Are you seeing a lot of mud daubers (wasps) buzzing around your house this summer? With that comes a bunch of little mud homes they’ve built in brick grout, under eaves, etc. And usually it means you have an abundance of spider webs closeby. These insects do not generally sting people and are more of an annoyance than a risk, but read on beccause they do have some signfiicant benefits.

Mud daubers are solitary insects, meaning each nest only has one wasp that is responsible for all the necessary tasks.  The nests are constructed from mud by a single mated female and they can vary in shape, from pipe-shaped to globular.  These nests can be found in any protected such as area under eaves, in garages, and the like.

Mud dauber is a common name given to a number of wasps that build their nest from mud. Also called “dirt dauber,” “dirt dobber” or “mud wasp”.

What’s inside those mud dauber nests anyway?

Good question. The nest of the black and yellow mud dauber is a simple, one-cell, urn-shaped nest that is attached to crevices, cracks and corners. Each nest contains one egg. Usually several nests are clumped together and covered in mud.

How can you tell a mud dauber from another wasp?

Adult mud daubers are three-quarters of an inch to 1 inch in length and, depending on the species, vary in color from dull black to black with bright yellow markings to iridescent blue black. The feature that best identifies the mud dauber is its long, narrow waist — the section between the thorax and abdomen.

What do mud daubers eat?

Mud daubers are solitary insects and like most wasps, they are predators. They sting their prey with paralyzing venom. The venom does not kill, but paralyzes and preserves the prey so it can be transported and stored in the nest cell as food for the larva. Although the black widow spider is the preferred food, the mud dauber also will dine on flies, crickets and leaf hoppers, with some flower nectar and pollen for dessert.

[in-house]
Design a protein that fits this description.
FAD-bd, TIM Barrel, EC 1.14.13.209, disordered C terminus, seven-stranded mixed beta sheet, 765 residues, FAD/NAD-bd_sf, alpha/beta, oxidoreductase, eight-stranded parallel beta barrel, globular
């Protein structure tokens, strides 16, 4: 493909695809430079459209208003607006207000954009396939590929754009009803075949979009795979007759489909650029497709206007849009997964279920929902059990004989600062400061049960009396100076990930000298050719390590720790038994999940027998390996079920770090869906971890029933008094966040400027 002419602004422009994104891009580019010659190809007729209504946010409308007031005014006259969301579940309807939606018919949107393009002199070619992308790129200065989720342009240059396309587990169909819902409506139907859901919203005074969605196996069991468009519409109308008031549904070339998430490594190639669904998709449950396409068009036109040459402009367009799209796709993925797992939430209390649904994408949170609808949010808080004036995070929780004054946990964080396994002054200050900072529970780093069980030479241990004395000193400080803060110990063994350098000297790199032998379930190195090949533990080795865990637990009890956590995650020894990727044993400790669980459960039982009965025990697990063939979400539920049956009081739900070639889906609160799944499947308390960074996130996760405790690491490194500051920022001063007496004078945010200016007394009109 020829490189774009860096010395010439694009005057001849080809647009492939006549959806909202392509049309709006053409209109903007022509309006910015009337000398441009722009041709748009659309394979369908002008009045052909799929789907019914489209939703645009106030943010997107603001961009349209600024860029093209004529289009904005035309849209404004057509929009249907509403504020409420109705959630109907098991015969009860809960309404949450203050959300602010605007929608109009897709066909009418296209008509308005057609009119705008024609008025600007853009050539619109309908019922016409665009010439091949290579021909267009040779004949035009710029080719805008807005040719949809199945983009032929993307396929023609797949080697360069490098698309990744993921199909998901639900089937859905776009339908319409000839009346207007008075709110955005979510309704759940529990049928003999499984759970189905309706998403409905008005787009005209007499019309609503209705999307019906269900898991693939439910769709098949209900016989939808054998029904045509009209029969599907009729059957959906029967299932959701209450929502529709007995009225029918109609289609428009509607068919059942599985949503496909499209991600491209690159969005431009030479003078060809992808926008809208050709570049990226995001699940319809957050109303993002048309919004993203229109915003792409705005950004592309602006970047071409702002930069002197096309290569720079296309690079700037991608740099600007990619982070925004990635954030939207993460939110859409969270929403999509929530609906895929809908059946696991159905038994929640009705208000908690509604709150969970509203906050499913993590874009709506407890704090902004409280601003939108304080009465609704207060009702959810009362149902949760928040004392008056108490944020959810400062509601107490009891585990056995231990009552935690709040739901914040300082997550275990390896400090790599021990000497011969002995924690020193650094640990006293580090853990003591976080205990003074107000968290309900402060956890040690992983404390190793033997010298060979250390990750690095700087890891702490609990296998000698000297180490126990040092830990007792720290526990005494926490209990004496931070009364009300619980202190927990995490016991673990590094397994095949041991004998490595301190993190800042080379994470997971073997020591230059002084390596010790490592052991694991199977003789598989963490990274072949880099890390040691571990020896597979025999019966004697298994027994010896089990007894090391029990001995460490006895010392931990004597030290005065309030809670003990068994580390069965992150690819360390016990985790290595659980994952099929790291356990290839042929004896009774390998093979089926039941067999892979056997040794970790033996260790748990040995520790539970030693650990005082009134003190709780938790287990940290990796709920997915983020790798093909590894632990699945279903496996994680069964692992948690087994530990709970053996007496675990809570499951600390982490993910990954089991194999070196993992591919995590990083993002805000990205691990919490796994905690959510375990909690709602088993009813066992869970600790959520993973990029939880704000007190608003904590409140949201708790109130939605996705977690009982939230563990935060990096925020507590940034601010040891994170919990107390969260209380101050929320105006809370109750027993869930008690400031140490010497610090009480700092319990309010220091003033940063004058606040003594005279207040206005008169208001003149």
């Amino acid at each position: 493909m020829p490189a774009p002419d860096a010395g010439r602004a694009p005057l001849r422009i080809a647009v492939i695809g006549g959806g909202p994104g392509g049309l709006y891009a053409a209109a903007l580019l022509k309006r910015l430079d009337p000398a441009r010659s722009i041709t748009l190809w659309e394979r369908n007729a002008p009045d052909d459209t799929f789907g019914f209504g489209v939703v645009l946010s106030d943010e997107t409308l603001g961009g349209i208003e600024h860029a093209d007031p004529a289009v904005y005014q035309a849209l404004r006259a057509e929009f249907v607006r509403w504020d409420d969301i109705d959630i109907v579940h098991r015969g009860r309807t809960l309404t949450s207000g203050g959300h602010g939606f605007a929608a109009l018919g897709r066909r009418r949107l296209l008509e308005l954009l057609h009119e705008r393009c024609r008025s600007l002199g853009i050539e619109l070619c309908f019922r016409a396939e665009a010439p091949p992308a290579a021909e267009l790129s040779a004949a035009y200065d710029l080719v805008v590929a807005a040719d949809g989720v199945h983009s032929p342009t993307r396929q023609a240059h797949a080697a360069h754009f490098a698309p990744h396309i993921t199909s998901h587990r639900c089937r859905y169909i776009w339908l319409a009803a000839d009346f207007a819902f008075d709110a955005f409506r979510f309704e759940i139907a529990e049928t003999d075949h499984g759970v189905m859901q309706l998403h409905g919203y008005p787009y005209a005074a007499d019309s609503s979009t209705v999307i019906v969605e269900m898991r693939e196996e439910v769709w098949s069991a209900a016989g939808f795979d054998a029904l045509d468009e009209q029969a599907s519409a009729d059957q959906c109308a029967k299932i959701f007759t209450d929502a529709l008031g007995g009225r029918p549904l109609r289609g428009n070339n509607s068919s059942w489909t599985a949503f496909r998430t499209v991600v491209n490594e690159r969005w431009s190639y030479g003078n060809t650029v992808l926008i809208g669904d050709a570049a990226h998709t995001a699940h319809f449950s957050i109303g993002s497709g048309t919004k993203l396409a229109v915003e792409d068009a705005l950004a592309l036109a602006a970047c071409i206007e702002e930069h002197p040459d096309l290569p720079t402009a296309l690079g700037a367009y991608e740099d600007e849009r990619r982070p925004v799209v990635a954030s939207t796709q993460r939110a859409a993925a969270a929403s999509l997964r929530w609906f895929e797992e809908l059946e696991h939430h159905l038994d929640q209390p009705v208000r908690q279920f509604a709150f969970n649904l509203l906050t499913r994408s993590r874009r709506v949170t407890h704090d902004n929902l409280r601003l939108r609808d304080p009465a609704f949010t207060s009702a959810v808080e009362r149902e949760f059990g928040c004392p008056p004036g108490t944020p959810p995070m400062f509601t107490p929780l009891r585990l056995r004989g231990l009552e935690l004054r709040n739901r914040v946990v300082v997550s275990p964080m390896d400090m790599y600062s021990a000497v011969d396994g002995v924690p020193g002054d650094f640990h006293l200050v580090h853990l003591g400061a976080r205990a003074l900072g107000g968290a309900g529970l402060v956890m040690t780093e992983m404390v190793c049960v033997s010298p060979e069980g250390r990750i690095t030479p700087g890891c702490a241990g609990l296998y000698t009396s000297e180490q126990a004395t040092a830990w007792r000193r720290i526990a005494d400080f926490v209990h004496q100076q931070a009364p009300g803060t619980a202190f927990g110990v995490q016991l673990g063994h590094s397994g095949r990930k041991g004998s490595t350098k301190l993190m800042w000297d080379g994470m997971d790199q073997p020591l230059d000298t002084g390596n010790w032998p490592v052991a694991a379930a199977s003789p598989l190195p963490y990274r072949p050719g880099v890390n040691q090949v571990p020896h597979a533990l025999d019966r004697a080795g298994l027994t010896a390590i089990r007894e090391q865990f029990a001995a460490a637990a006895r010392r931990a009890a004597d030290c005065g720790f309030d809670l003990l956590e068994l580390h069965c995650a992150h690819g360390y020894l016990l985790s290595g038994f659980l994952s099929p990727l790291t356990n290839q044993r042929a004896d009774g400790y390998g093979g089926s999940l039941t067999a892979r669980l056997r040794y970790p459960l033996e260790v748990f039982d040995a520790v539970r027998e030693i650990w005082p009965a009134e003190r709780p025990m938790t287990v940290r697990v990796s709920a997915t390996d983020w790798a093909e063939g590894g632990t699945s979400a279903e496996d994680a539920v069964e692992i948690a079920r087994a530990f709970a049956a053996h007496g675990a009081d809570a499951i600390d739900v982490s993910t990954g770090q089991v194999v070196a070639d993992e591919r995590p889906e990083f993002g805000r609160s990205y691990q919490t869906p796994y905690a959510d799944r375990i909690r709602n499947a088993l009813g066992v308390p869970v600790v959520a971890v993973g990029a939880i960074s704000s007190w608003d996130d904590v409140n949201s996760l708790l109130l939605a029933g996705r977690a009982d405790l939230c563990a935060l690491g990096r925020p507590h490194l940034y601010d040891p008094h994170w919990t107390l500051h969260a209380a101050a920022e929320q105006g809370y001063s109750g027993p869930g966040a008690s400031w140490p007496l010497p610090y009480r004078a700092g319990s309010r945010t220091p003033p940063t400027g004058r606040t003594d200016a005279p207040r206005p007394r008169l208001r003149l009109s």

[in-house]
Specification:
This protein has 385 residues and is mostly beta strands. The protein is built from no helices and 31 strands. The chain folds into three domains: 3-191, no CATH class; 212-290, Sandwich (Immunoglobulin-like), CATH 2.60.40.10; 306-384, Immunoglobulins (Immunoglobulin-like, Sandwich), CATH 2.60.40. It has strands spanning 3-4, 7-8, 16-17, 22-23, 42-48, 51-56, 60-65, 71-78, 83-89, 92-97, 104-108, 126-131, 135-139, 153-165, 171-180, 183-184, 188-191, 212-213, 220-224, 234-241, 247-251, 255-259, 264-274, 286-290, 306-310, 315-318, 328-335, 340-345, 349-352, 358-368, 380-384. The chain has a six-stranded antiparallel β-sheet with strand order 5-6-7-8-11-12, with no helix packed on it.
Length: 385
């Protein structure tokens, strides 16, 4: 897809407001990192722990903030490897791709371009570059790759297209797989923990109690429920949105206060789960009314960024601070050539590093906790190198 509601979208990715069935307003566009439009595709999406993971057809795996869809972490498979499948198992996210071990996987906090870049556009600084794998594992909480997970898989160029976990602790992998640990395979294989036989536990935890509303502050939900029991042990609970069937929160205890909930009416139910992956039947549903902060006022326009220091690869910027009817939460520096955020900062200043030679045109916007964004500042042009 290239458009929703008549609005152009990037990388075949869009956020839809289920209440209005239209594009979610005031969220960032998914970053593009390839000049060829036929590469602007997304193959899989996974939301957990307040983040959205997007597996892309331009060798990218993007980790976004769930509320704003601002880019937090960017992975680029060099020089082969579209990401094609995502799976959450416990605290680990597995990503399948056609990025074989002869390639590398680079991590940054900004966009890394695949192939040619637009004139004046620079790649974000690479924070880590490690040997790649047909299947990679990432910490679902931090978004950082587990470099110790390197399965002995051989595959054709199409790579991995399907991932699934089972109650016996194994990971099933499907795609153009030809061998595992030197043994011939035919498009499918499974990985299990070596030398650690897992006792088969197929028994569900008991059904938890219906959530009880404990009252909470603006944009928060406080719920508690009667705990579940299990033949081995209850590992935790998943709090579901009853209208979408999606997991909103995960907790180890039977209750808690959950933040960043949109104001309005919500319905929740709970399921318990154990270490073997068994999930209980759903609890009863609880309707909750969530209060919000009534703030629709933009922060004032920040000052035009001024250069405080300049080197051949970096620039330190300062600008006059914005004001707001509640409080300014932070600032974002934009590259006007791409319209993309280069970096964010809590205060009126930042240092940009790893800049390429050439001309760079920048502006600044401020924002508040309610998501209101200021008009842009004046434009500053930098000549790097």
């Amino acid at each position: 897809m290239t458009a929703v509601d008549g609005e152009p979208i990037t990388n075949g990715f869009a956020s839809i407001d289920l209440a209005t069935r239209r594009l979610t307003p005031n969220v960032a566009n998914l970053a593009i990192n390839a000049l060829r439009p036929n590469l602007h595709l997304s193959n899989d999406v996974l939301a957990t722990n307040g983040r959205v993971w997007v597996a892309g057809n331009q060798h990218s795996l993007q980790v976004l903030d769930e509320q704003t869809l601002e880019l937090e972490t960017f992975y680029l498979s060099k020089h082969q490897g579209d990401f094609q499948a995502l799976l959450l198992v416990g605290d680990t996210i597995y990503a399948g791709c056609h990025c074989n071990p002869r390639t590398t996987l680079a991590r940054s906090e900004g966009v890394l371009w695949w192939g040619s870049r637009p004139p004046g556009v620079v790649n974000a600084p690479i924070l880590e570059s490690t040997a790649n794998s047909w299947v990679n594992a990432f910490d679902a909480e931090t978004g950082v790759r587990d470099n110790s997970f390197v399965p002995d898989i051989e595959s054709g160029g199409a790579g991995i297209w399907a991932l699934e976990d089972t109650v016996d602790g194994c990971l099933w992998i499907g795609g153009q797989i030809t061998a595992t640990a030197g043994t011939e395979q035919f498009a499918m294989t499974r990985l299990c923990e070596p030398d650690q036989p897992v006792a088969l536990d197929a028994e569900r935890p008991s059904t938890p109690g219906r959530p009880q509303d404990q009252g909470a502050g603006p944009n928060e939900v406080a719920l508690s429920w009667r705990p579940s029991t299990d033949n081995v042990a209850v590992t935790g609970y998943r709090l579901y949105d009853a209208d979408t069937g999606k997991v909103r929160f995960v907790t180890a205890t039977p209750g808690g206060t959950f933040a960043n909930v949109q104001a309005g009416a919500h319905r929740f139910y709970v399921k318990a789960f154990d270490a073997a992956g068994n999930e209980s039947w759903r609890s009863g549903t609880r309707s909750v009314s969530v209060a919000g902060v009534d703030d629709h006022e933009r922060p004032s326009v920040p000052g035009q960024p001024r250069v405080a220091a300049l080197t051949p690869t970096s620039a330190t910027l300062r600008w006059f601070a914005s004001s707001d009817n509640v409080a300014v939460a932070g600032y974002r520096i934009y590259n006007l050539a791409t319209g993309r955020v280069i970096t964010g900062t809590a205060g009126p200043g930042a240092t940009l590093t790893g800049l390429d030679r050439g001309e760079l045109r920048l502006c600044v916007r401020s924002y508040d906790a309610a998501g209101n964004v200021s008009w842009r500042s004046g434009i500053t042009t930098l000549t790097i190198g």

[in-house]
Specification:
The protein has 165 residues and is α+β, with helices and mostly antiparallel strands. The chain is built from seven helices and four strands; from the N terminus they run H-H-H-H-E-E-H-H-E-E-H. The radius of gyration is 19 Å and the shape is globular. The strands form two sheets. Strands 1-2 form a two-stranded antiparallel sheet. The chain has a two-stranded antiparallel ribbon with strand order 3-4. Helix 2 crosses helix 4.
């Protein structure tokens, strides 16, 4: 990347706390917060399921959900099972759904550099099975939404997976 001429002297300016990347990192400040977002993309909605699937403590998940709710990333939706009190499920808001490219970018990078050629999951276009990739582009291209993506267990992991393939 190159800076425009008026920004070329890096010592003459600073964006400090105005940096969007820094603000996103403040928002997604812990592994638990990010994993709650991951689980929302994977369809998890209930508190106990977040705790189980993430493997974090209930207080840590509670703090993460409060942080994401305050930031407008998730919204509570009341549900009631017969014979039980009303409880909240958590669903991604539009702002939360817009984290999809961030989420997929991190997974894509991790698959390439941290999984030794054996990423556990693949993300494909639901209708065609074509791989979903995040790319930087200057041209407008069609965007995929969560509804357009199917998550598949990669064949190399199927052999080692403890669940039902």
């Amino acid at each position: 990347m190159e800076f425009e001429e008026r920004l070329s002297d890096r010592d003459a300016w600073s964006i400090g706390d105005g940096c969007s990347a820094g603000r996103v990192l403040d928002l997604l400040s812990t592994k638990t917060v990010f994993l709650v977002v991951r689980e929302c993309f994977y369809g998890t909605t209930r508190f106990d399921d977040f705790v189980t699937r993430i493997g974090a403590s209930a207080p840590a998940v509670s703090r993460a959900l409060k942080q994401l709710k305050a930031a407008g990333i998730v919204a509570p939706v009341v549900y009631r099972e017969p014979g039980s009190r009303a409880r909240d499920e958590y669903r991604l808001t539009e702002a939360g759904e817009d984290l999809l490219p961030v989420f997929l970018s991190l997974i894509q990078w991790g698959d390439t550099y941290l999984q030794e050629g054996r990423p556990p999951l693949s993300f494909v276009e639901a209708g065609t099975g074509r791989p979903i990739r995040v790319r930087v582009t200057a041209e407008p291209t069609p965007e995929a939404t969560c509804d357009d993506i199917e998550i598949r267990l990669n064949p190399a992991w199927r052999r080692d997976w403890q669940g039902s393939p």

Two species generally found in Texas are the black and yellow mud dauber and the metallic blue mud dauber. Both are predators, but each function in different ways. These two species may occupy the same sites year after year, creating a large number of nests. These nests can last many years in a protected area and are often used as nest areas by other kinds of wasps and bees, and sometimes other types of insects.

The black and yellow mud dauber will prey on small, colorful spiders, like the crab spider, orb weavers and some jumping spiders. These are usually found around vegetation. The black and yellow mud daubers build simple, one-cell, urn-shaped nest of mud, attaching it to crevices, cracks, and corners of buildings. The nest is composed of a series of cylindrical cells that are plastered over to form a smooth nest almost the size of a lemon. Each cell will contain only one egg.

The metallic-blue mud dauber is one lazy wasp. Instead of building their own nest, they use abandoned nest of other species, usually old nests of the black and yellow mud dauber. They carry water to the abandoned nest and recondition it for their own purposes. The blue mud dauber is the main predator of the black widow spider. They prefer the immature black widow spiders found in dry areas around outbuildings, rocky areas and stone piles.

Why are mud daubers beneficial to my yard?

Mud daubers are considered extremely beneficial insects. They keep the spider population in check. Mud daubers are wasps and even though they can sting, they don’t generally sting people. Most wasp stings happen when people get too close to the nests of the more aggressive social wasps, like the hornet or yellow jacket. The solitary mud dauber does not defend its nest as aggressively as the social wasps and is very unlikely to sting even when provoked. However, you might get stung if you attempt to handle them.

If you just don’t give a hoot about the benefit of the mud dauber and want to get rid of the nests, call First Response Lawn Care at 214-701-7622. We offer a pest control program that will rid your yard of insects. We are licensed with the Texas Department of Agriculture License #450863. We can help!